Malcolm Gladwell must have a good filing system.
In the 1990s, the bestselling author visited the small town of Roseto to find out why the locals were living longer, healthier lives than most Americans. 

He spent the afternoon doing interviews and taking notes for a feature story, but he had to drop it when he learned there was already a book about Roseto. 
He forgot about the story until many years later when he needed a strong opening for a new book he was writing. Roseto would be perfect, he thought.

It was.

Fifteen years after his visit, Gladwell used Roseto to open his third bestseller, Outliers. 

Not only had he kept his interview tapes and notes all that time but he also knew where to find them. 

A good filing system is a wondrous thing.
It’s also the backbone of habit two for easier and better writing.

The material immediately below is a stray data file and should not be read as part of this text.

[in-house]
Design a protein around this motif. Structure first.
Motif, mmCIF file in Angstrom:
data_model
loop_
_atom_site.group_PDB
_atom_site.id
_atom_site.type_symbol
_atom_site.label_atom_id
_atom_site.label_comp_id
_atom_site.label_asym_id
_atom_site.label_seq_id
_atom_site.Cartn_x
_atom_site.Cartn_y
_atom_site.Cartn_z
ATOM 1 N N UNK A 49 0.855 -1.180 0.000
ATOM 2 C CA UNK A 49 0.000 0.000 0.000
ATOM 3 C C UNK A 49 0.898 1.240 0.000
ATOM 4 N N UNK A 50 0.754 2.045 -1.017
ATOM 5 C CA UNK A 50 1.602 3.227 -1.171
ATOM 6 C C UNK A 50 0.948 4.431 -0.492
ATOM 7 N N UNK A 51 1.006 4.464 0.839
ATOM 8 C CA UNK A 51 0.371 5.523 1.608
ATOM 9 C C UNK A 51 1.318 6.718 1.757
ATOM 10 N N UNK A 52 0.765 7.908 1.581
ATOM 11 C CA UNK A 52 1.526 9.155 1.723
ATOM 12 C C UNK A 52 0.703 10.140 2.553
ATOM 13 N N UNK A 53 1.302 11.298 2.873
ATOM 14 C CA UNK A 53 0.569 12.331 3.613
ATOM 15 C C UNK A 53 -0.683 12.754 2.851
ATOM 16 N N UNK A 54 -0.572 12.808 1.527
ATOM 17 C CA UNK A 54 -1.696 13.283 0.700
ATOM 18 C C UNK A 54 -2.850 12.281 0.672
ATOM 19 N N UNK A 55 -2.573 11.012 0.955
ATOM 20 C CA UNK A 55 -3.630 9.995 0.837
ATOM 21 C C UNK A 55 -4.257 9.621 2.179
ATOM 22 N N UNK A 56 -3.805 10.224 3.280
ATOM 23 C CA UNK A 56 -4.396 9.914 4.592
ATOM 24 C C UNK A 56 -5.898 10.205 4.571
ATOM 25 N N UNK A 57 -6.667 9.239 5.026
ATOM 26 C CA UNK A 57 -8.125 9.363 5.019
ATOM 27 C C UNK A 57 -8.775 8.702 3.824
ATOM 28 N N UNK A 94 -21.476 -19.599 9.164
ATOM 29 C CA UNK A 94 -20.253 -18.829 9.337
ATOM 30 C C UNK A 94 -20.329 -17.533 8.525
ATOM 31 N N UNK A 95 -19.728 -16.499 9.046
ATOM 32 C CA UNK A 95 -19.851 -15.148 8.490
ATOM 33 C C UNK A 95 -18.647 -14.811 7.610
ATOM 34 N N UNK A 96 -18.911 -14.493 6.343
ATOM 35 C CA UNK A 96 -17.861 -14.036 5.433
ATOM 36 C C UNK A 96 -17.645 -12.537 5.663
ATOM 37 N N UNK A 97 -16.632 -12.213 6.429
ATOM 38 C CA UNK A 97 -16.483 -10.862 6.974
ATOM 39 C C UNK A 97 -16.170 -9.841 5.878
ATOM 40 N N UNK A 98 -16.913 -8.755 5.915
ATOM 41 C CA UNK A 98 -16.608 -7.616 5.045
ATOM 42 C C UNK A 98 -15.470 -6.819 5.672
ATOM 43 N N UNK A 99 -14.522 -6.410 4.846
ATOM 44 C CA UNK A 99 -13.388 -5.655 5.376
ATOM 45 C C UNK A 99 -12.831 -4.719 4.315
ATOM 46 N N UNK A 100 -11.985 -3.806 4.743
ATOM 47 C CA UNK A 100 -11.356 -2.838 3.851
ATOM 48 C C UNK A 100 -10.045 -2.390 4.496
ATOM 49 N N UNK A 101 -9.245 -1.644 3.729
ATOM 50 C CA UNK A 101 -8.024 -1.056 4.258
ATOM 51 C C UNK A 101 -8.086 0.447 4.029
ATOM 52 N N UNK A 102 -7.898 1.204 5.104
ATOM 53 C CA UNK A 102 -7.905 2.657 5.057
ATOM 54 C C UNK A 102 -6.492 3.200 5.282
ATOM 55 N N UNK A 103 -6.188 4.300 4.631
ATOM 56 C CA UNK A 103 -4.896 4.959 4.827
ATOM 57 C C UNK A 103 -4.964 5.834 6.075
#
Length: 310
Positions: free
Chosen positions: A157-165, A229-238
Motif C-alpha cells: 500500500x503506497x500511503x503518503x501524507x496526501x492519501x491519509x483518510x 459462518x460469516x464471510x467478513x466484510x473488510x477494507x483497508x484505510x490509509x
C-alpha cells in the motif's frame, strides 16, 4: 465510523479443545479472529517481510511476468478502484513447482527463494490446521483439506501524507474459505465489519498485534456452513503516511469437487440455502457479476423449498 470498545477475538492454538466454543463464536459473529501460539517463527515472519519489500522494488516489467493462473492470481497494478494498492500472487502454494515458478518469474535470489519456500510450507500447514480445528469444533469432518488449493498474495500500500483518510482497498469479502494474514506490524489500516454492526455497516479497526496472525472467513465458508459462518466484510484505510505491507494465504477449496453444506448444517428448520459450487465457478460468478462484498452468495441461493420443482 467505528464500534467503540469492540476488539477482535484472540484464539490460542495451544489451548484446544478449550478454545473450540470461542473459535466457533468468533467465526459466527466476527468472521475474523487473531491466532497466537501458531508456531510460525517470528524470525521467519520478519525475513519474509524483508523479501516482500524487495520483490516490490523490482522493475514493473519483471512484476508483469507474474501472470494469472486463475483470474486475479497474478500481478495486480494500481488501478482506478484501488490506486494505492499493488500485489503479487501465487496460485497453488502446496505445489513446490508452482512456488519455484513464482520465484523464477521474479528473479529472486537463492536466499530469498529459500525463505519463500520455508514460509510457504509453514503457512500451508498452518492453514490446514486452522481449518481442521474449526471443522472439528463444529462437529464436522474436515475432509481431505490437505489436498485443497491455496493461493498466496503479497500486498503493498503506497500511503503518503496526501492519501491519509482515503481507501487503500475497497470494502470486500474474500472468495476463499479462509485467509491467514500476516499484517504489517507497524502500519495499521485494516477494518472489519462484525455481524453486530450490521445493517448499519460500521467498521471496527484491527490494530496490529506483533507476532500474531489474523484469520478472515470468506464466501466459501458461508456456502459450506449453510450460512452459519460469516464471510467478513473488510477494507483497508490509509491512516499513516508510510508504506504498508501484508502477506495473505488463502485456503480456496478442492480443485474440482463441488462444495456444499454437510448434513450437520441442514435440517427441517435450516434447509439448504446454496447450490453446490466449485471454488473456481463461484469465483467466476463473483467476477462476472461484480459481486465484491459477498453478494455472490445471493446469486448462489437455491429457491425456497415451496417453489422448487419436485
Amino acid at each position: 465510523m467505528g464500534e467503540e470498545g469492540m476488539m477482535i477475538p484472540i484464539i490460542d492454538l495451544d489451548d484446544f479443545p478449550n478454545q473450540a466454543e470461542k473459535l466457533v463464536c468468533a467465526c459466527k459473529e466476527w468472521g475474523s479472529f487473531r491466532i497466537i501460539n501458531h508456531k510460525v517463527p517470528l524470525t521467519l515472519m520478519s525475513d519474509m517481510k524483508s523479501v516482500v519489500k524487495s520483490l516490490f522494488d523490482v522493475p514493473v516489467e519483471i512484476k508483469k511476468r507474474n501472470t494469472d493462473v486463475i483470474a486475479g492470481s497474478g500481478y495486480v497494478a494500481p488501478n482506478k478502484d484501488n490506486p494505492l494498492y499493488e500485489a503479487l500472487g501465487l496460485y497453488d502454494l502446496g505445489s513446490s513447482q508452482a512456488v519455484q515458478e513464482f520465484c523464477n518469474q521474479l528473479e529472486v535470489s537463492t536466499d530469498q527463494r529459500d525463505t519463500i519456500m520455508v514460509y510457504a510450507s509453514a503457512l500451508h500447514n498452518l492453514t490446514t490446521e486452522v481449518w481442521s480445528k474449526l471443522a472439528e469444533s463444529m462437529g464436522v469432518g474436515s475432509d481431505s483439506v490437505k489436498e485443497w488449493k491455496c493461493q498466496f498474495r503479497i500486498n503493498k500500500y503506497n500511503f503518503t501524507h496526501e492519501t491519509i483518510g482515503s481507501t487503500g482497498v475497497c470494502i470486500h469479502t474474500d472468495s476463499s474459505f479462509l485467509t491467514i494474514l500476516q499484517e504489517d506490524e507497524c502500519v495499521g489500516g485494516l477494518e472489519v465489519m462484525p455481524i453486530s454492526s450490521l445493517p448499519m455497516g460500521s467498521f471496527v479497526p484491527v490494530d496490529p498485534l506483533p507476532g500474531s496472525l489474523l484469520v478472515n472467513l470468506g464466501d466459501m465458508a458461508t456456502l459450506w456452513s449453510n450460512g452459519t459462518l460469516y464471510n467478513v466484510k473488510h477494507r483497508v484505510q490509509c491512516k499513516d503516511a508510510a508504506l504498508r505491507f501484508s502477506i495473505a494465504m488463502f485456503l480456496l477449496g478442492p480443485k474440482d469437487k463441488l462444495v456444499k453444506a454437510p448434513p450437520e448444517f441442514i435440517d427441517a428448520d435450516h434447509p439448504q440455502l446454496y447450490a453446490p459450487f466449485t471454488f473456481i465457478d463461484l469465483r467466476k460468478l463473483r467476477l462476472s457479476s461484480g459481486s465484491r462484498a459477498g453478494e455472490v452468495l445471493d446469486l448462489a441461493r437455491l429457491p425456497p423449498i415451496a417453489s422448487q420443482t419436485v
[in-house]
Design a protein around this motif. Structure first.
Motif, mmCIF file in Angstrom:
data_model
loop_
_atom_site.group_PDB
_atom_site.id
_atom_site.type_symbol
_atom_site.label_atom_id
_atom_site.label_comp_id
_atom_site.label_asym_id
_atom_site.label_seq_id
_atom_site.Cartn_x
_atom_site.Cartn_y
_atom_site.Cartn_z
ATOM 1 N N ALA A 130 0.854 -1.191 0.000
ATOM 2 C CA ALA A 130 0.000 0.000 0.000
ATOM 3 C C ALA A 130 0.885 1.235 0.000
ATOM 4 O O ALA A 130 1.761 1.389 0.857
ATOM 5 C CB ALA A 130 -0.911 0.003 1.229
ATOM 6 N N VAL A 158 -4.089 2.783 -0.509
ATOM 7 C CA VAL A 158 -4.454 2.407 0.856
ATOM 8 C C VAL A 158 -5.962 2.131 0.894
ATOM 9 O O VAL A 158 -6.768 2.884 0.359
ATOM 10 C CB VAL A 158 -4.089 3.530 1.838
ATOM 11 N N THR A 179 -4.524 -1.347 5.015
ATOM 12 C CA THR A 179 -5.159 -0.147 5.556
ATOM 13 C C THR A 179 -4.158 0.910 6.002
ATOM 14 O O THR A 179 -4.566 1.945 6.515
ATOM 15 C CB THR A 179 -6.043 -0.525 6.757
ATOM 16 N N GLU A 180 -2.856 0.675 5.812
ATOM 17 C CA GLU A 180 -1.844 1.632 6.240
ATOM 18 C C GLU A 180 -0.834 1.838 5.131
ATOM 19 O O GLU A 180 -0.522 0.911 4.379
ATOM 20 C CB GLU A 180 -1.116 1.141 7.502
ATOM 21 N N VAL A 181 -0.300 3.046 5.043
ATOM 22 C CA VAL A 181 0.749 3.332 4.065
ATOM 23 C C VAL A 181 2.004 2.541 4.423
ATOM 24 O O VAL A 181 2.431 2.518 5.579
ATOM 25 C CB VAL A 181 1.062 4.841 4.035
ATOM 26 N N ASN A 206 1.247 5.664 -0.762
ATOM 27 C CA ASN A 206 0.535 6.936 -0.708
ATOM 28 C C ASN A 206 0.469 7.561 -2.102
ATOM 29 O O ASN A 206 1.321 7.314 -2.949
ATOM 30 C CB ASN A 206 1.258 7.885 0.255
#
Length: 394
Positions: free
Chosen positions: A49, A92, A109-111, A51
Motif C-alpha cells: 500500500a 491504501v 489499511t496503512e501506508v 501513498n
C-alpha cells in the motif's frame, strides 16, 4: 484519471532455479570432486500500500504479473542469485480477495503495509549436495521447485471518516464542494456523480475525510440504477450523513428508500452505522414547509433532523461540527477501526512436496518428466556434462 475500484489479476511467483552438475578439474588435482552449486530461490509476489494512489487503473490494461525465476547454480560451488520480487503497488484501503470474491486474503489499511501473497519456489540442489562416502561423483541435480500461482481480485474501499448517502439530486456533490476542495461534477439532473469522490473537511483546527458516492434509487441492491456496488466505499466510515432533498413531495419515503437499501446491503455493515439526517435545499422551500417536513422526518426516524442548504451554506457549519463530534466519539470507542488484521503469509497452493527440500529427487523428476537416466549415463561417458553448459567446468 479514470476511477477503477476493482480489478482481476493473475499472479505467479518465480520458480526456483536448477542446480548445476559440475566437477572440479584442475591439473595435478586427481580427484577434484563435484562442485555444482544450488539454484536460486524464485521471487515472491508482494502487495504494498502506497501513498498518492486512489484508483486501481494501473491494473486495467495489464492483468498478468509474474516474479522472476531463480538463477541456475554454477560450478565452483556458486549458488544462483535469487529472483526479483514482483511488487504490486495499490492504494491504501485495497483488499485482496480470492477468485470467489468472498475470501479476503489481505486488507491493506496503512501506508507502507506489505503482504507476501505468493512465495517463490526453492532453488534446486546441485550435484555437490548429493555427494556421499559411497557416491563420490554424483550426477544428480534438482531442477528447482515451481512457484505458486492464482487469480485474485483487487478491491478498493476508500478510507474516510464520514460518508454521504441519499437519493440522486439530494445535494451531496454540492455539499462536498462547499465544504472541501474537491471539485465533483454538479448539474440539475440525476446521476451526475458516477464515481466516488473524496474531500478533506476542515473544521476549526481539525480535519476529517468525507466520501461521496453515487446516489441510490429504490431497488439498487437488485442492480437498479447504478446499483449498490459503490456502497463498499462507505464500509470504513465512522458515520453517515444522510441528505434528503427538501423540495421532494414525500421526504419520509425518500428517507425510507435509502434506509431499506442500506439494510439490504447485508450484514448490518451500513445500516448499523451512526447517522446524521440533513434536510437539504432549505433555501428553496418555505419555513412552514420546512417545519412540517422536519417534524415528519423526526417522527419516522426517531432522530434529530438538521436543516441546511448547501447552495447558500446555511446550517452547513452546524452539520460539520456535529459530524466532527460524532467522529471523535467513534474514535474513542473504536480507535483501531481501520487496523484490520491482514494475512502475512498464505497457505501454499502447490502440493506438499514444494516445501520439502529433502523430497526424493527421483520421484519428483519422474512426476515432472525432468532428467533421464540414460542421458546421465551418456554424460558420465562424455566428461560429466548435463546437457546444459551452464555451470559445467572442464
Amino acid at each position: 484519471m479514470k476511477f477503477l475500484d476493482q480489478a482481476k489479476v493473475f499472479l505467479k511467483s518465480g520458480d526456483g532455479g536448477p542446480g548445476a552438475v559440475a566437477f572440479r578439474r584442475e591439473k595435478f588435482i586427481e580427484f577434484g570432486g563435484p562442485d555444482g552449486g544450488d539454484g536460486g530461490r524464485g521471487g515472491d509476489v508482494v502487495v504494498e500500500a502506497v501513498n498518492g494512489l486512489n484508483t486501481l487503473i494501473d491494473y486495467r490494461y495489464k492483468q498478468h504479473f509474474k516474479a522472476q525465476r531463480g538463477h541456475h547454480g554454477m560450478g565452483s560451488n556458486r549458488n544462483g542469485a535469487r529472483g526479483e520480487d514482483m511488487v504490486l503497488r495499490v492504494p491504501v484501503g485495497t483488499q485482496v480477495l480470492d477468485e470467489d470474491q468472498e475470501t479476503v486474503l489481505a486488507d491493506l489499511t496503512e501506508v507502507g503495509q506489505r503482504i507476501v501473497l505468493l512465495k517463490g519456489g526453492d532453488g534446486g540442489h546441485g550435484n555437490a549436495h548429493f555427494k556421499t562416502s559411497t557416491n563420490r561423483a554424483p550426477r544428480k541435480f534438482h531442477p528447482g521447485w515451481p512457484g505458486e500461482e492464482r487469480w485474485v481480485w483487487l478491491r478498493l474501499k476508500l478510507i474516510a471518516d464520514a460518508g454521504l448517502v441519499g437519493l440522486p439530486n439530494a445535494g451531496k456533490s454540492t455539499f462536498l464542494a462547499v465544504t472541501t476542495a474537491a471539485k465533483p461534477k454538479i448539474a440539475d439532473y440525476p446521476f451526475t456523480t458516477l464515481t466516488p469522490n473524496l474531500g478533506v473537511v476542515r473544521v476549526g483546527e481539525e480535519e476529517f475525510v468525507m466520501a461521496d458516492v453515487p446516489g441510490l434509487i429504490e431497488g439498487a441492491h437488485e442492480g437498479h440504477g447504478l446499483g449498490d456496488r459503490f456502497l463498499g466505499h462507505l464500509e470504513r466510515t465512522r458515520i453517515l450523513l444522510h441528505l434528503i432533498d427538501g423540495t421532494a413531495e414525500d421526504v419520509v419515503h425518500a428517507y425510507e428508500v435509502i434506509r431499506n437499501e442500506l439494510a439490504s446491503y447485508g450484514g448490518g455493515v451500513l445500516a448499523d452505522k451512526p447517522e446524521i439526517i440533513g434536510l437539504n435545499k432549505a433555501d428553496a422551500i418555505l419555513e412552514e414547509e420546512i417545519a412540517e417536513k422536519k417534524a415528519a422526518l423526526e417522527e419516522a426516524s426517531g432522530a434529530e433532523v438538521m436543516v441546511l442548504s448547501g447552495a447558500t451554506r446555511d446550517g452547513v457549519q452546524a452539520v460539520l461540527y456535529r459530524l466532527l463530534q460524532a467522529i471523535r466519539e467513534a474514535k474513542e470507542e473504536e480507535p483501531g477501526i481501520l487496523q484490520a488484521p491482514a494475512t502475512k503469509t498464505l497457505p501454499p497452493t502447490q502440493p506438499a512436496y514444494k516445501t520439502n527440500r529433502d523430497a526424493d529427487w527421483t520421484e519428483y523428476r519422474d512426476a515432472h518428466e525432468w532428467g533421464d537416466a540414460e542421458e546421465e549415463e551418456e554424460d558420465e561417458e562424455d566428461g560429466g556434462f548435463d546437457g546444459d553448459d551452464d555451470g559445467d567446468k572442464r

Habit Two: Bring something back.

Writing is easier and better when you commit to Habit One: Go into the territory every day.

Once you’re there on a regular basis, you’ll start seeing sparks of inspiration everywhere. 

Then it’s time to bring something back. 

A quote you like, words and phrases that fit with your voice, just-right headings, and articles to springboard off with your own insights.

These raw materials give you a start on your work before you actually start writing.

The key is to have your own system for saving and then filing.

I save potential material in the notebook on my phone. Once a week, I file it on Airtable, a digital database with easy-to-use spreadsheets/tables (free for solo users).

That might work for you – it might not.

The best system is the one that works for you.
Most of all, be prepared to hang on to the good stuff indefinitely. Or at least for fifteen years. 

Five Simple Writing Habits

These writing habits help with focus, overwhelm and distraction. They are the habits I lean on to be better, happier and more confident with my writing. I’ve written about each in a short series of blog posts. 

I’ve also created a free one-page reminder for you to download and print.

Here’s to happier writing and content creation. Your voice matters.

Feel free to get in touch to talk about how I can help you,

Photo by Maksym Kaharlytskyi on Unsplash

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